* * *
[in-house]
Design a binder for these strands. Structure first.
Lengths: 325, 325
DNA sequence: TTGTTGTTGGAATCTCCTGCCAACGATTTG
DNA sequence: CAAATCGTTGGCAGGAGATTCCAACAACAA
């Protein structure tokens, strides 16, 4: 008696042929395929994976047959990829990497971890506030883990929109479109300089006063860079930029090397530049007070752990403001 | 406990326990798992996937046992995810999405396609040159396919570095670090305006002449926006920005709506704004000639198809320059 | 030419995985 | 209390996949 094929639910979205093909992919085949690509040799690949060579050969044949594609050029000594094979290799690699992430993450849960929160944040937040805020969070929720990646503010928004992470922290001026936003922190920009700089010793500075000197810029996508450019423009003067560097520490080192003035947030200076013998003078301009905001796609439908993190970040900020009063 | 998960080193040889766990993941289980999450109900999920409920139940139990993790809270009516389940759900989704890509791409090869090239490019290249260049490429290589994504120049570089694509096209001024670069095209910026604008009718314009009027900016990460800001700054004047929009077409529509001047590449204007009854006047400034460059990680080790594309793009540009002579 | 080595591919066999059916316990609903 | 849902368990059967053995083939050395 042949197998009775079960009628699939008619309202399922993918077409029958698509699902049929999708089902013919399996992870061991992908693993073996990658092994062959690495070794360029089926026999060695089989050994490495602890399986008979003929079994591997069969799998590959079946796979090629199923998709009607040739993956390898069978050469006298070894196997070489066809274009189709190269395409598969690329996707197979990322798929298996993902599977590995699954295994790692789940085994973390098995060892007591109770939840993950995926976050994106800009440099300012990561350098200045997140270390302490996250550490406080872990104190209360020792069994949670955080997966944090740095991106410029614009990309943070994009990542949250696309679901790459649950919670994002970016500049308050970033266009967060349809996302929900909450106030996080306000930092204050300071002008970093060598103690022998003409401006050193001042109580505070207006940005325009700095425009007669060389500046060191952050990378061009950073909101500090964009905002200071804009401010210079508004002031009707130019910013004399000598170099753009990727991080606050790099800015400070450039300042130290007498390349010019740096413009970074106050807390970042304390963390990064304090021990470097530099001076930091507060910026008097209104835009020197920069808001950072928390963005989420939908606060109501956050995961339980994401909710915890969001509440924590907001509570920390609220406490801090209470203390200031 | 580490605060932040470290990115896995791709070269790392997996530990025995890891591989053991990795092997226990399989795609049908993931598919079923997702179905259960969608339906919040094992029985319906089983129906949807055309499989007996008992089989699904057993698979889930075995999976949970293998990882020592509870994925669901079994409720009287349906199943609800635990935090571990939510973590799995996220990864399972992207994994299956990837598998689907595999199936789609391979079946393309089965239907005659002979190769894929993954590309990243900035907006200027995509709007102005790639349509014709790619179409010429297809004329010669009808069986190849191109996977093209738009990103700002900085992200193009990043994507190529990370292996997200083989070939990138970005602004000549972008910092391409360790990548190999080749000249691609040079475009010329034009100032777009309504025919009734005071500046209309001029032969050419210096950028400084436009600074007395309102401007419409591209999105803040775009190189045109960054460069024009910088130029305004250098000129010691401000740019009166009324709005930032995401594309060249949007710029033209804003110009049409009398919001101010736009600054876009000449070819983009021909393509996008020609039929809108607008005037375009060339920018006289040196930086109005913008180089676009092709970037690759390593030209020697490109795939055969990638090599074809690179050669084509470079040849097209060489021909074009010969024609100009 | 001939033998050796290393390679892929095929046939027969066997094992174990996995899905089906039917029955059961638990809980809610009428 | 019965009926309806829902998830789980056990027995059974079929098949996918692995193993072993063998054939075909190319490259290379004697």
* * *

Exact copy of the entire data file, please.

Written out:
[in-house]
Design a binder for these strands. Structure first.
Lengths: 325, 325
DNA sequence: TTGTTGTTGGAATCTCCTGCCAACGATTTG
DNA sequence: CAAATCGTTGGCAGGAGATTCCAACAACAA
């Protein structure tokens, strides 16, 4: 008696042929395929994976047959990829990497971890506030883990929109479109300089006063860079930029090397530049007070752990403001 | 406990326990798992996937046992995810999405396609040159396919570095670090305006002449926006920005709506704004000639198809320059 | 030419995985 | 209390996949 094929639910979205093909992919085949690509040799690949060579050969044949594609050029000594094979290799690699992430993450849960929160944040937040805020969070929720990646503010928004992470922290001026936003922190920009700089010793500075000197810029996508450019423009003067560097520490080192003035947030200076013998003078301009905001796609439908993190970040900020009063 | 998960080193040889766990993941289980999450109900999920409920139940139990993790809270009516389940759900989704890509791409090869090239490019290249260049490429290589994504120049570089694509096209001024670069095209910026604008009718314009009027900016990460800001700054004047929009077409529509001047590449204007009854006047400034460059990680080790594309793009540009002579 | 080595591919066999059916316990609903 | 849902368990059967053995083939050395 042949197998009775079960009628699939008619309202399922993918077409029958698509699902049929999708089902013919399996992870061991992908693993073996990658092994062959690495070794360029089926026999060695089989050994490495602890399986008979003929079994591997069969799998590959079946796979090629199923998709009607040739993956390898069978050469006298070894196997070489066809274009189709190269395409598969690329996707197979990322798929298996993902599977590995699954295994790692789940085994973390098995060892007591109770939840993950995926976050994106800009440099300012990561350098200045997140270390302490996250550490406080872990104190209360020792069994949670955080997966944090740095991106410029614009990309943070994009990542949250696309679901790459649950919670994002970016500049308050970033266009967060349809996302929900909450106030996080306000930092204050300071002008970093060598103690022998003409401006050193001042109580505070207006940005325009700095425009007669060389500046060191952050990378061009950073909101500090964009905002200071804009401010210079508004002031009707130019910013004399000598170099753009990727991080606050790099800015400070450039300042130290007498390349010019740096413009970074106050807390970042304390963390990064304090021990470097530099001076930091507060910026008097209104835009020197920069808001950072928390963005989420939908606060109501956050995961339980994401909710915890969001509440924590907001509570920390609220406490801090209470203390200031 | 580490605060932040470290990115896995791709070269790392997996530990025995890891591989053991990795092997226990399989795609049908993931598919079923997702179905259960969608339906919040094992029985319906089983129906949807055309499989007996008992089989699904057993698979889930075995999976949970293998990882020592509870994925669901079994409720009287349906199943609800635990935090571990939510973590799995996220990864399972992207994994299956990837598998689907595999199936789609391979079946393309089965239907005659002979190769894929993954590309990243900035907006200027995509709007102005790639349509014709790619179409010429297809004329010669009808069986190849191109996977093209738009990103700002900085992200193009990043994507190529990370292996997200083989070939990138970005602004000549972008910092391409360790990548190999080749000249691609040079475009010329034009100032777009309504025919009734005071500046209309001029032969050419210096950028400084436009600074007395309102401007419409591209999105803040775009190189045109960054460069024009910088130029305004250098000129010691401000740019009166009324709005930032995401594309060249949007710029033209804003110009049409009398919001101010736009600054876009000449070819983009021909393509996008020609039929809108607008005037375009060339920018006289040196930086109005913008180089676009092709970037690759390593030209020697490109795939055969990638090599074809690179050669084509470079040849097209060489021909074009010969024609100009 | 001939033998050796290393390679892929095929046939027969066997094992174990996995899905089906039917029955059961638990809980809610009428 | 019965009926309806829902998830789980056990027995059974079929098949996918692995193993072993063998054939075909190319490259290379004697």